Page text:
I must’ve used my angry, imperative Dad voice — something rather foreign to me by the way — because to my surprise and relief he actually stopped hitting the guy and in the pause created by my intervention the two separated. Just then, my friend Greg from the gym, who had seen the situation developing, ran up to my side and I felt this wave of relief. The two fighters were still clearly very agitated and were yelling back and forth but they were at least moving away from each other instead of towards. Thank God!
I tried to call 911 but the operator was unhelpful
to say the least.
“Is that a West Hollywood address? Because if it is
you need to call the Sheriff’s office.”
“Mam, there’s a man with a stick beating on
another person 10 feet away from me.”
“But are you in West Hollywood?”
I rushed to get off the phone so I could just leave the area and get on with my day.
Later that morning, as I was watching the kids at gymnastics, I couldn’t help but notice the stark contrast between the innocent, carefree play of the kids and whatever it was that happened that morning in the parking lot. For what was that fight about? Why did it happen? Why did Greg and I have to break it up? Why is it even possible in a city of immense wealth like this? And, more importantly, why did it feel like “no big deal” to me? I got to thinking about Miguel’s question again and it occurred to me that in that little incident there might be an answer.
For whatever that fight was about, it made it into my world for one simple but rather profound reason: our collective complicity in the proliferation of street homelessness and open-air drug use. Fundamentally, it’s a consequence of an absolutely dangerous degree of civic apathy. No one gives a sh*t or at least not enough of us do to do anything about this massive humanitarian crisis and societal wound. Instead, we’re content to just complain and rail against inept and corrupt politicians. We talk big at our over-priced dinners but then we just go about private lives assuming, well, I don’t know what.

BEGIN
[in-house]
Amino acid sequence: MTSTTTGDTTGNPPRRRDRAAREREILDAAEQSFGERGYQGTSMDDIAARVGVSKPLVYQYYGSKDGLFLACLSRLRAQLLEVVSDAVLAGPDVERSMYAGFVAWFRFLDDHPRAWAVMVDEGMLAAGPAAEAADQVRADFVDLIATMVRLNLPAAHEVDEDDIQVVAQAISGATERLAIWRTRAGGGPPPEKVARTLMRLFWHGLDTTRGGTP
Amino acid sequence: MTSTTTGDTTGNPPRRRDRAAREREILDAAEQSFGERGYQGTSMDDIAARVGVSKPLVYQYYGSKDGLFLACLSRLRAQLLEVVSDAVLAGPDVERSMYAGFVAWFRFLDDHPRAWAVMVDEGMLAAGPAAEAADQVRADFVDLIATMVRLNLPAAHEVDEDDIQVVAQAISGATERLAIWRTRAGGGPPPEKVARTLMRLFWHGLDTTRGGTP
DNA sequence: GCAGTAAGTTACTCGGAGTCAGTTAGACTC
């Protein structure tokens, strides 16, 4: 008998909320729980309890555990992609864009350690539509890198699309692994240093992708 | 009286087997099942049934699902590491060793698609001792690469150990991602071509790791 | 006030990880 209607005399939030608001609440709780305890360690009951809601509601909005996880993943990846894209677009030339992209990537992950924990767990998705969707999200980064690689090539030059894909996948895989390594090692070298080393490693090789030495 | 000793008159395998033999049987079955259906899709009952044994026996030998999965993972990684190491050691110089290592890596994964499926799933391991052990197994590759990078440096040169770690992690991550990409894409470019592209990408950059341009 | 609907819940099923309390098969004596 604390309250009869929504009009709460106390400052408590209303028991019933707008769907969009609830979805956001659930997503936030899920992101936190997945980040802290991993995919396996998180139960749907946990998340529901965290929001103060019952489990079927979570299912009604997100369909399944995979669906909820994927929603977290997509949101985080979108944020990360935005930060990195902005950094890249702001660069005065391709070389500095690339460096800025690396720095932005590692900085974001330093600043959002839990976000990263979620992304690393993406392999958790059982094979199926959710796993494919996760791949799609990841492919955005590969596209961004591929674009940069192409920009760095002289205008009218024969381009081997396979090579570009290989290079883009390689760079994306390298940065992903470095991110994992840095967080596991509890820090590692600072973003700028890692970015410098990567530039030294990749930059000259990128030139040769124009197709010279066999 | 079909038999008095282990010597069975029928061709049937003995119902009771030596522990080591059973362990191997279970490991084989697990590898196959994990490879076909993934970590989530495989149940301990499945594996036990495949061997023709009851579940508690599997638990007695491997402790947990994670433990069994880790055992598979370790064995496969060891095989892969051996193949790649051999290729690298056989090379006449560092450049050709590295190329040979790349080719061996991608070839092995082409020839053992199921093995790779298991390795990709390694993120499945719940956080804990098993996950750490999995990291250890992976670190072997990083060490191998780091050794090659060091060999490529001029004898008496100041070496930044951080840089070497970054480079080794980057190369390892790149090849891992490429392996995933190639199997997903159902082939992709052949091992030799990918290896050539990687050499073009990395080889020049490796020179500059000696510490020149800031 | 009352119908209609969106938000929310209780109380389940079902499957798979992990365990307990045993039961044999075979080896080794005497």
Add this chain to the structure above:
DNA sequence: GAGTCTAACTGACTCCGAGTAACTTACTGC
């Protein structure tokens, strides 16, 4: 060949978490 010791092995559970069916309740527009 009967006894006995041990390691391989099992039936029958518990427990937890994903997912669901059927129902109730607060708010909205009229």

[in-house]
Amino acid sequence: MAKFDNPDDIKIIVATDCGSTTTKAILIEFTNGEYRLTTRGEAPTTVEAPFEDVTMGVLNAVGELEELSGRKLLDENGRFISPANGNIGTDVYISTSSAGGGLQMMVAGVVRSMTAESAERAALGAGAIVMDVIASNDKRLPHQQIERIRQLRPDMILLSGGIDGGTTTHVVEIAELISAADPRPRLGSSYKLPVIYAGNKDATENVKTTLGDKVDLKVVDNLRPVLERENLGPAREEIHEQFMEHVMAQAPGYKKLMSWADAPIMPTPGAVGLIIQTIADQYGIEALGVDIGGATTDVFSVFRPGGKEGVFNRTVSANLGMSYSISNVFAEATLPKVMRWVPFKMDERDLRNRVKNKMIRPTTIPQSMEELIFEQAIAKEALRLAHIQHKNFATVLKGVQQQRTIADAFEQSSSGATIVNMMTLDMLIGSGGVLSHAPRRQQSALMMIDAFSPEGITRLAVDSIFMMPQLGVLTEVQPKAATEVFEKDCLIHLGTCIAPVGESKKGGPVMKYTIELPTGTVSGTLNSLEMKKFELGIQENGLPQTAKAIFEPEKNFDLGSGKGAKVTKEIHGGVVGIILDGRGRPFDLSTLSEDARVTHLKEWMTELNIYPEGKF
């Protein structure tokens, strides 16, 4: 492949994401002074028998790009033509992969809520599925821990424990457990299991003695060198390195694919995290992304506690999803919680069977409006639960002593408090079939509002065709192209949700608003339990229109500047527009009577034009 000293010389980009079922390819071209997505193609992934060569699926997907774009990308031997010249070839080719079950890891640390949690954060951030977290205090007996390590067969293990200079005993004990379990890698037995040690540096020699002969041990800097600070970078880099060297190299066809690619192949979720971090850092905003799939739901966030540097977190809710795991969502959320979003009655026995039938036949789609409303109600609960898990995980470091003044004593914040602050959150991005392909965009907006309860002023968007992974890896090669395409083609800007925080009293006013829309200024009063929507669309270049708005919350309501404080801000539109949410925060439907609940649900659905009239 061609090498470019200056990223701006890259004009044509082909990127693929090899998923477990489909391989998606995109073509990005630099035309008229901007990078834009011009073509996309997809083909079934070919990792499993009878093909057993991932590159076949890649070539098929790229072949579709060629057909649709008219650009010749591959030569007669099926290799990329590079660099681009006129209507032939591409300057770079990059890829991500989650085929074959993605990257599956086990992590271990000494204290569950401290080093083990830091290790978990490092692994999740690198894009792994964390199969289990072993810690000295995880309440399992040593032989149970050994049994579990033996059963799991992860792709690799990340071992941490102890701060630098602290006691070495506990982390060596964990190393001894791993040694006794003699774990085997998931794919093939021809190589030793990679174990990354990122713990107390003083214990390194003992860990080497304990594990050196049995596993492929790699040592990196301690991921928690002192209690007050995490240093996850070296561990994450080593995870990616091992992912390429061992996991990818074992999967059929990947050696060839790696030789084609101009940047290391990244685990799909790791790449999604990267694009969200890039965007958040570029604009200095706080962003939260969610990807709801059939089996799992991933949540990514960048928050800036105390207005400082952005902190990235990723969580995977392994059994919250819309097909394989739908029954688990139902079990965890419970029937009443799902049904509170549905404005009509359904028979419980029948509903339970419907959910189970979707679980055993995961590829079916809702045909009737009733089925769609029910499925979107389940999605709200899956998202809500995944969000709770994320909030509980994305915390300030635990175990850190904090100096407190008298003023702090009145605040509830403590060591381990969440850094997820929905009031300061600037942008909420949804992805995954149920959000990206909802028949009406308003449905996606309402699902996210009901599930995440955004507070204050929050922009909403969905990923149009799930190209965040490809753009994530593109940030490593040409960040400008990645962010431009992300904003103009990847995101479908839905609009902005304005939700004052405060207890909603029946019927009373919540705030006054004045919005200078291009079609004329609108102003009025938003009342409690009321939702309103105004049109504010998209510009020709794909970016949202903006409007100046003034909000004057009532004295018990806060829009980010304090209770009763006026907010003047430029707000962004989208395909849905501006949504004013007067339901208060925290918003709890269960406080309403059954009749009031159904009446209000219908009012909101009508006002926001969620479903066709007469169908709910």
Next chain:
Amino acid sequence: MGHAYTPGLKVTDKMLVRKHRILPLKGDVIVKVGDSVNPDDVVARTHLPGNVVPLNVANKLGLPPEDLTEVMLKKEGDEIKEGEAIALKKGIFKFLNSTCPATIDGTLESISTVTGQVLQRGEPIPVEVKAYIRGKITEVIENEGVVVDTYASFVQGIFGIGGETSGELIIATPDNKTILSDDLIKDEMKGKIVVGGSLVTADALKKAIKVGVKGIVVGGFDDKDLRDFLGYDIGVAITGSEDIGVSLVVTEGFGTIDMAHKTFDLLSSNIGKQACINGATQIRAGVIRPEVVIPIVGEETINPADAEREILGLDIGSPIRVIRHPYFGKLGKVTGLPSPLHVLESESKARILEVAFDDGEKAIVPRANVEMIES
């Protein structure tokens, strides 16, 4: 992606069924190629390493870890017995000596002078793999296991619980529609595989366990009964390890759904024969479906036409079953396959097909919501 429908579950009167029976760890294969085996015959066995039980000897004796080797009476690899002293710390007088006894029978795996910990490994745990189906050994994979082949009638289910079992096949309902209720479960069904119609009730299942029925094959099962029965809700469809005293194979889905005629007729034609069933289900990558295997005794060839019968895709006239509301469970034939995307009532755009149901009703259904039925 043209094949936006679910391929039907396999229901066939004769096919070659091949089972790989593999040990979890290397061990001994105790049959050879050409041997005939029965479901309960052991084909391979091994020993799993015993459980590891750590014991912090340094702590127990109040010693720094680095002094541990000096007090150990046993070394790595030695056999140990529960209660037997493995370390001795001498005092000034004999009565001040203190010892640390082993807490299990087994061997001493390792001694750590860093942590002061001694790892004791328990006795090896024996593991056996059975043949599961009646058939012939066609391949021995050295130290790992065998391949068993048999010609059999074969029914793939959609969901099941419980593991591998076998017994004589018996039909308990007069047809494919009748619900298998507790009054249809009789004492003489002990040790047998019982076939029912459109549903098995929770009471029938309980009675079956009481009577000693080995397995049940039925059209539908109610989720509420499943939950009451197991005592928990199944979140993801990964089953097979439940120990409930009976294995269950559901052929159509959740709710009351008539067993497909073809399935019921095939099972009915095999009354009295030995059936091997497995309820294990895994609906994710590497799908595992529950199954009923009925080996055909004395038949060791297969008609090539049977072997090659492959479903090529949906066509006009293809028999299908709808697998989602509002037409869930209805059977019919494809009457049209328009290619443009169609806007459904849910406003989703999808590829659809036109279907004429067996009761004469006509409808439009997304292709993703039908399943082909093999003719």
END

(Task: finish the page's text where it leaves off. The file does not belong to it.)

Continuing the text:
These days there are a lot of fear-mongering stories out there about how our democracy is under attack. And, yes, it very much is. But it’s not just the Trumpers or the communists or the Russian bots on Facebook that we have to worry about, it’s ourselves too. In my mind, our collective unwillingness to accept the responsibilities of citizenship is the fundamental threat to freedom in the world today.
Just think about this homelessness crisis for a second. For years, we’ve allowed what amounts to a massive tragedy of the commons coordination problem to prevent us from doing what absolutely needs to be done. We simply cannot let people sleep on the streets, whether they are doing drugs or mentally ill or just down on their luck. Here in Los Angeles, it’s right there in our face, day-in and day-out. Yet, what do we do? We’ve grown so accustomed to looking the other way and assuming everything is someone else’s problem, that we’ve allowed this immense human tragedy to fester and grow to such a degree that now it’s actually a threat to our way of life.
The fight that I broke-up, which thankfully didn’t escalate into something more immediately threatening to my friend and I, was ultimately a profound warning to us all. It’s a warning that’s crying out: “Hey everyone, sooner or later this homelessness crisis will no longer be just some societal problem to complain about, it’ll be your problem, and my problem and the problem of every individual, maybe even in an intimately personal way.” We simply cannot leave a situation like this unaddressed. It’s neither right nor good and we can only hide behind the veil of collective failure for so long. There is a thin line, indeed — razor thin — between a collective problem and a personal problem. In a city like this, all it takes is to end up in the wrong place at the wrong time.
Nick Halaris is a real estate investor and developer. He’s the founder and President of Metros Capital and publisher of Profit.